Accession Number:

ADA525789

Title:

The Neoliberal Model's Planned Role in Iraq's Economic Transition

Descriptive Note:

Corporate Author:

NAVAL POSTGRADUATE SCHOOL MONTEREY CA CENTER FOR CONTEMPORARY CONFLICT

Personal Author(s):

Report Date:

2003-08-01

Pagination or Media Count:

12.0

Abstract:

Iraq has been blessed with abundant economic and human resources. It has the second highest proven oil reserves in the world at around 112 billion barrels, after Saudi Arabia with 262 billion barrels. However, despite its wealth, Iraq has experienced continuous economic deterioration since 1980 and has become one of the regions least developed economies. A country that could have been a model of development for the Arab world turned out to be a devastated case of economic decline, mismanagement and massive corruption Azzam, 2003. In addition to the obvious factors such as three major wars and a decade of crippling sanctions, what factors accounted for Iraqs economic disaster In a seminal paper on Middle Eastern economies, Jahangir Amuzegar 1974 examined what he termed the growth-through-ideology thesis in an attempt to determine if one economic system produced consistently better or worse economic performance in the Middle East context. Acknowledging variations by country, Amuzegar classified the regions countries into three major economic systems Arab Socialism, comprised by Egypt, Syria and Iraq capitalist Lebanon and Saudi Arabia and an in-between group including Turkeys etatist regime leaning toward free enterprise and Irans positive nationalism or private enterprise assisted by the state. From the vantage point of 2003, its clear that the Arab Socialist model was a major failure not just in Iraq, but also in Egypt and Syria. State companies tended to be less efficient than their private sector counterparts. Lacking market motivation, state companies were less productive and innovative and therefore registered low returns or losses. They were often launched in sectors in which the country had no comparative advantage and thus required subsidies explicit or implicit. Fiscal deficits resulting from losses or subsidies led to underinvestment any investment that did take place was often misallocated and driven largely by non-economic criteria B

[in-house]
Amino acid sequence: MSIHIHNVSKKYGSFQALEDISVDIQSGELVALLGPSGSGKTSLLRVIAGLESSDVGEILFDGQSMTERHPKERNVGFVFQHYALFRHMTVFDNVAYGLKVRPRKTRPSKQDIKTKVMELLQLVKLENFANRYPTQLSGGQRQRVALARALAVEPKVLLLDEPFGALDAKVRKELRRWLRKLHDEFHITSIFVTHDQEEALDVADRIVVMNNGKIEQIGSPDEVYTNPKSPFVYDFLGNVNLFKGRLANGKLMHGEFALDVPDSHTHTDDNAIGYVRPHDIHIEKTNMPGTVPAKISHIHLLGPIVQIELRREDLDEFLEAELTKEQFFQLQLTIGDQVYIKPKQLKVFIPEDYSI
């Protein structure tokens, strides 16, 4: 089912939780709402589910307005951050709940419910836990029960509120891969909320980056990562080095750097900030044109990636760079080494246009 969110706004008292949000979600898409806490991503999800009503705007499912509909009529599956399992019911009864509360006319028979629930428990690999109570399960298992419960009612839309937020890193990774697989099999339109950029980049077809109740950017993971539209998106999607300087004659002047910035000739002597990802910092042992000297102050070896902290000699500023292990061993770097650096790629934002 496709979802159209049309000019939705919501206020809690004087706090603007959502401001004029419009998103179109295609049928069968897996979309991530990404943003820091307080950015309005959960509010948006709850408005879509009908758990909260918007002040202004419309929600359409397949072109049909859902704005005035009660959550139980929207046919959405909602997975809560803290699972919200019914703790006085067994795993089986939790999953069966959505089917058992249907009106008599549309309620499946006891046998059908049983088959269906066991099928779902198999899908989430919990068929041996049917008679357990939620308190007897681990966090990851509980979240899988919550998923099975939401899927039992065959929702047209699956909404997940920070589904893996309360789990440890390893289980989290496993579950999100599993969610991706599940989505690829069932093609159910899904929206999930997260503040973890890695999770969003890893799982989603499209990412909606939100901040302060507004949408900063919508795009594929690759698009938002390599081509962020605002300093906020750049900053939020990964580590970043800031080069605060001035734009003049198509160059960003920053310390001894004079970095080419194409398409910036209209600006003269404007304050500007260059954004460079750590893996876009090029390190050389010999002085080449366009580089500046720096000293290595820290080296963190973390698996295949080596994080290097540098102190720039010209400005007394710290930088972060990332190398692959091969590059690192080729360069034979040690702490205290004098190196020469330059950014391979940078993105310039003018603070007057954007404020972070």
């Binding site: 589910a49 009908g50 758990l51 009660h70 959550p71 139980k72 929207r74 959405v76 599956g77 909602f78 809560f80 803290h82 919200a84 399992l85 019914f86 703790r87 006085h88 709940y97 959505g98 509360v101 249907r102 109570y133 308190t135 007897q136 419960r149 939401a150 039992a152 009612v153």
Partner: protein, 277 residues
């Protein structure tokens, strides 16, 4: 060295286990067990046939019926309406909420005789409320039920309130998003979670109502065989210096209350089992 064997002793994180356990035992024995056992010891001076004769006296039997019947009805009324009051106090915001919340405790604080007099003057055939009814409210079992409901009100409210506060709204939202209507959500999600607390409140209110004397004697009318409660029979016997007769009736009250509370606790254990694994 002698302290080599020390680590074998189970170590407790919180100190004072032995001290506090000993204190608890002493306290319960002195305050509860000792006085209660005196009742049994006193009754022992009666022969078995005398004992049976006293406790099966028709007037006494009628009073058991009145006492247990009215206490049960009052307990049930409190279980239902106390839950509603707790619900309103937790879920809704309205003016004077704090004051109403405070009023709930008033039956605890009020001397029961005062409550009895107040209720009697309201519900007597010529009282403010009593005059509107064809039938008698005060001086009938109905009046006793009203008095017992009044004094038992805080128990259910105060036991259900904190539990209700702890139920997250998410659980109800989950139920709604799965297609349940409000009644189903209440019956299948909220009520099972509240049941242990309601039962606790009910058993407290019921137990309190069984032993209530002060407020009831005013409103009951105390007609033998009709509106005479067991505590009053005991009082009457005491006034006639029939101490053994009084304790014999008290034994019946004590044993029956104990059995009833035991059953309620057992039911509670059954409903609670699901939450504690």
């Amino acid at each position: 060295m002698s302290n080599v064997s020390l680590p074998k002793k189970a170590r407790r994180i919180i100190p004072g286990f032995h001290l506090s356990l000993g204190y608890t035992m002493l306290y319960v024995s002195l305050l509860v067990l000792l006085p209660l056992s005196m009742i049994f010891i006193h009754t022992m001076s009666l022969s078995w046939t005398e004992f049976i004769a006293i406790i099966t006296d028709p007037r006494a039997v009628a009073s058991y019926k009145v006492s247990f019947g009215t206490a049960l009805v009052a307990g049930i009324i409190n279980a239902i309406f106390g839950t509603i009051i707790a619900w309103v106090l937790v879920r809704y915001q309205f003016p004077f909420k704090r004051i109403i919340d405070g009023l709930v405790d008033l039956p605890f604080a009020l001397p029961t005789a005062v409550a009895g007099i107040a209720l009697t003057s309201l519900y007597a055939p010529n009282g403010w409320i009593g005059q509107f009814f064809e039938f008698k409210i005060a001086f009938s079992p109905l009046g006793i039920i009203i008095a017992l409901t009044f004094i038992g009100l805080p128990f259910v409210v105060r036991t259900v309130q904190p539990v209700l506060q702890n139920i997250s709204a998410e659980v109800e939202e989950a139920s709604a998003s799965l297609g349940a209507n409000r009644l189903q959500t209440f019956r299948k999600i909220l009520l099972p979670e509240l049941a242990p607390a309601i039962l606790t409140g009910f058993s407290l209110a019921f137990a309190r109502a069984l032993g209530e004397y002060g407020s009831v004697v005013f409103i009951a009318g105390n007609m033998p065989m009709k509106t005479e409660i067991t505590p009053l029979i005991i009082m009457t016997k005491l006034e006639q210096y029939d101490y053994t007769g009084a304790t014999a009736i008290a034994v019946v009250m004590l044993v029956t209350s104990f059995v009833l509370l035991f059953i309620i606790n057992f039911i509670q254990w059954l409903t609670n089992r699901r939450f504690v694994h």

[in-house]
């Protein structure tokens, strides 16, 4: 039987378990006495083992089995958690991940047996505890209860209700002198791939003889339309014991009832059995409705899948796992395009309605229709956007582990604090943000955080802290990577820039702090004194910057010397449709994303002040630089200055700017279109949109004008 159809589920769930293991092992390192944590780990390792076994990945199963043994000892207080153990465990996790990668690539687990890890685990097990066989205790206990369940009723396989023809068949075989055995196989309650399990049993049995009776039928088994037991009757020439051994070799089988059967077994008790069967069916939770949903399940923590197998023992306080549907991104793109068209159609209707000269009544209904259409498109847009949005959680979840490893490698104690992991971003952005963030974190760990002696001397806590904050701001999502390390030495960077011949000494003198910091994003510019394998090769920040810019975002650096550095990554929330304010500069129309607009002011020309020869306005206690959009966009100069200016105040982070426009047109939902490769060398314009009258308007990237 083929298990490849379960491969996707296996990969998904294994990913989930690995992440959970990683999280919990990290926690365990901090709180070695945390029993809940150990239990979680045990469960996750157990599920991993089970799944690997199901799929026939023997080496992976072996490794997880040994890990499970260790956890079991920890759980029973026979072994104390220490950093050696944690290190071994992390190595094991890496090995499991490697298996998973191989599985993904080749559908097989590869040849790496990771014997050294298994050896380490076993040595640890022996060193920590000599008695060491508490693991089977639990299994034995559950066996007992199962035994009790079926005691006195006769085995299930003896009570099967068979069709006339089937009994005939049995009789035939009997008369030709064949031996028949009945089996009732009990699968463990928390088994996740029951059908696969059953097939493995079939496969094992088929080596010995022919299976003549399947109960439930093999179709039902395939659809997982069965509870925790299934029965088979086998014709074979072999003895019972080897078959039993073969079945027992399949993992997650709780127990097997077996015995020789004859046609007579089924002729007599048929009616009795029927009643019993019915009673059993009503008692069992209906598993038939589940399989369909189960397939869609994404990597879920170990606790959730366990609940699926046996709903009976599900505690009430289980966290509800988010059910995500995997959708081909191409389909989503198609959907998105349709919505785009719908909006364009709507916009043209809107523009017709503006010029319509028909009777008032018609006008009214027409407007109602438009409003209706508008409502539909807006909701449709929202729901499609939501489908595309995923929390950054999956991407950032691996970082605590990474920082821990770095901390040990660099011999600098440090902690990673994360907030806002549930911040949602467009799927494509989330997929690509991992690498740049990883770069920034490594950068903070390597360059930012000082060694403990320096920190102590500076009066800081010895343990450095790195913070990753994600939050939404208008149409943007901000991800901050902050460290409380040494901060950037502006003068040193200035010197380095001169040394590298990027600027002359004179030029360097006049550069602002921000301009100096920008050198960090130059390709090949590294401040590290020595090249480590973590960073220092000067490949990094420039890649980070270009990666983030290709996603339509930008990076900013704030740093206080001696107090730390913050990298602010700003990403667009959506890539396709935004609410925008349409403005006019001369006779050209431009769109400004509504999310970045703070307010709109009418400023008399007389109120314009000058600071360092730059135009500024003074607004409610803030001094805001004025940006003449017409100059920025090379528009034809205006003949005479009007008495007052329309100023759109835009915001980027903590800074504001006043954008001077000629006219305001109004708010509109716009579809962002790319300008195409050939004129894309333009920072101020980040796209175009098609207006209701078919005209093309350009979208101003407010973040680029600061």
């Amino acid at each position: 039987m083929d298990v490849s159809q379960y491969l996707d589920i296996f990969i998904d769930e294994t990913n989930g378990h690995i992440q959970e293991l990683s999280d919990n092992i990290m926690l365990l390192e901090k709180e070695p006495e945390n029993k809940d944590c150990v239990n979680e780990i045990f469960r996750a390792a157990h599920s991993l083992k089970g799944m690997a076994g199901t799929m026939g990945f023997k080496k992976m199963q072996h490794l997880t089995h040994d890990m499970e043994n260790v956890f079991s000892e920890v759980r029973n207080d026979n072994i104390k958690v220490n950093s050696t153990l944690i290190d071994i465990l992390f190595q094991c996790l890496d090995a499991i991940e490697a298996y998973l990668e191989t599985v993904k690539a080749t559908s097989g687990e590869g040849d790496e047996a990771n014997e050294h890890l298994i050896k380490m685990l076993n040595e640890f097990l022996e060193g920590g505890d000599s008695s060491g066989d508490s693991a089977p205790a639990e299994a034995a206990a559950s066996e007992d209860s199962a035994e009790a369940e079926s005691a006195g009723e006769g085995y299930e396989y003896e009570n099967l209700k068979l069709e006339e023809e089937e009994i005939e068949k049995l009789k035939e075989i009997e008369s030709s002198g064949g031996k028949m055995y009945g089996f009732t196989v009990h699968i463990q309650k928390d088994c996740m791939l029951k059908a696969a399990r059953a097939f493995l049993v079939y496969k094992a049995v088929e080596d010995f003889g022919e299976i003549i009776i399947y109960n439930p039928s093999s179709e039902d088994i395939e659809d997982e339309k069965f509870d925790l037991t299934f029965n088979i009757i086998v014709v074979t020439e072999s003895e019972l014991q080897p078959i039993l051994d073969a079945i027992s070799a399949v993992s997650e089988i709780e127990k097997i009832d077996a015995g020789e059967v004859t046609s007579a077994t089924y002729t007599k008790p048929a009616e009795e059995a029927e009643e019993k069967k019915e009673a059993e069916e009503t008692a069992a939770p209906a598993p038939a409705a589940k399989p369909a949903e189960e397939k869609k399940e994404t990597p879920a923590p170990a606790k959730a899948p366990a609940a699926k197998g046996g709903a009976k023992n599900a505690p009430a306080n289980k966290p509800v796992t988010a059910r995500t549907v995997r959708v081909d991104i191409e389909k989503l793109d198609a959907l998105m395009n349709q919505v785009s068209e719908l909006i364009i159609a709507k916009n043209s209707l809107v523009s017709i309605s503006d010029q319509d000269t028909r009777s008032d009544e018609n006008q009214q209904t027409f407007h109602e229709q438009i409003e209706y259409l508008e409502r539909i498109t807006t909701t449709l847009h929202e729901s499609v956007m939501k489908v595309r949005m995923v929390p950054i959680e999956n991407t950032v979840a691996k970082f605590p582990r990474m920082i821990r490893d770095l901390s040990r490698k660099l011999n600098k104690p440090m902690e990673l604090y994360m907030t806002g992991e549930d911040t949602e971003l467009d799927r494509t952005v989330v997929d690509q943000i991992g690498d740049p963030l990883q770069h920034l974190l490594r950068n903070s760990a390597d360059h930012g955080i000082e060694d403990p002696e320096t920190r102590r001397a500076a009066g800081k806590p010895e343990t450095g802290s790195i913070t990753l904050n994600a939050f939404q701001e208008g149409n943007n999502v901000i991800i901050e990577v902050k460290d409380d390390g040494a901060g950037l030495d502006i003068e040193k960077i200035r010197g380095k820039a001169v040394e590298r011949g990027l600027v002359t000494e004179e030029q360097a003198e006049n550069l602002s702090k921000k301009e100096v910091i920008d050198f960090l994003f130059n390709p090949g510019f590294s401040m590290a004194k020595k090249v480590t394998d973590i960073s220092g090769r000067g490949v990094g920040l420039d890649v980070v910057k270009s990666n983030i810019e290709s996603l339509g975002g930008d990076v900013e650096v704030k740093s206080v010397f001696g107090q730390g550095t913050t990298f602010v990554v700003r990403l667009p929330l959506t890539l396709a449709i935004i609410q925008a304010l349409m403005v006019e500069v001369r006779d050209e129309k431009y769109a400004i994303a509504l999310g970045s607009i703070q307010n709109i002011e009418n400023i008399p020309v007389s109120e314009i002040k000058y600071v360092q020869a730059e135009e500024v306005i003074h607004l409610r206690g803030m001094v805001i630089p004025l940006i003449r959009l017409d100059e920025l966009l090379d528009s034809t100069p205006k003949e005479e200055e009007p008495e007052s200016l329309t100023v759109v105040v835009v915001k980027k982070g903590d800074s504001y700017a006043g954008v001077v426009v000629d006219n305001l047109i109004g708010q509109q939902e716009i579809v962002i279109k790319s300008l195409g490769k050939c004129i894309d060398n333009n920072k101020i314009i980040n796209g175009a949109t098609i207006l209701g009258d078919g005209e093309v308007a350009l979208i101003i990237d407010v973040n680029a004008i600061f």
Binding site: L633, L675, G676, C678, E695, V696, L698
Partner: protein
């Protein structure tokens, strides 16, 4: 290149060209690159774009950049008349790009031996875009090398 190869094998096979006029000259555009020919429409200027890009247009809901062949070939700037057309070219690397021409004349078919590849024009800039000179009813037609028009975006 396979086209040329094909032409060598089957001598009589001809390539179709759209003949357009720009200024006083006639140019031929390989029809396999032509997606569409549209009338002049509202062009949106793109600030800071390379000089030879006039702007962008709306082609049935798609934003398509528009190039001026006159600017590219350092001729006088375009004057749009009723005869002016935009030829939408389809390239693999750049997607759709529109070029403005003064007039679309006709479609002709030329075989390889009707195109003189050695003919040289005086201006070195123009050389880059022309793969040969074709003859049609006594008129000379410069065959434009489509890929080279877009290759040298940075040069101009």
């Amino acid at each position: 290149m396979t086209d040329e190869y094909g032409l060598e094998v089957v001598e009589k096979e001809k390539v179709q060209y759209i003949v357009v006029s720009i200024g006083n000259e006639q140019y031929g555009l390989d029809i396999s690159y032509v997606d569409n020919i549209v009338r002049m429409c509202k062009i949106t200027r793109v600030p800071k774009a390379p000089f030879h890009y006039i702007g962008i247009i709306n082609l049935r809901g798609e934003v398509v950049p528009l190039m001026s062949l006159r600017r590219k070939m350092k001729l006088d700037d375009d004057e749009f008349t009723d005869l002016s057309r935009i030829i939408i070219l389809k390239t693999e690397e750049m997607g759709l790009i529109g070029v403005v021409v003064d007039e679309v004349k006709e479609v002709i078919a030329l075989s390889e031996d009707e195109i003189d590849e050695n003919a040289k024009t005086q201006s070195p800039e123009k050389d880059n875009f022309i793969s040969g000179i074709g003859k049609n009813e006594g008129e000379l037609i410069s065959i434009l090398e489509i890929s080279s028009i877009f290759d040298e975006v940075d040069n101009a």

Subject Categories:

  • Economics and Cost Analysis

Distribution Statement:

APPROVED FOR PUBLIC RELEASE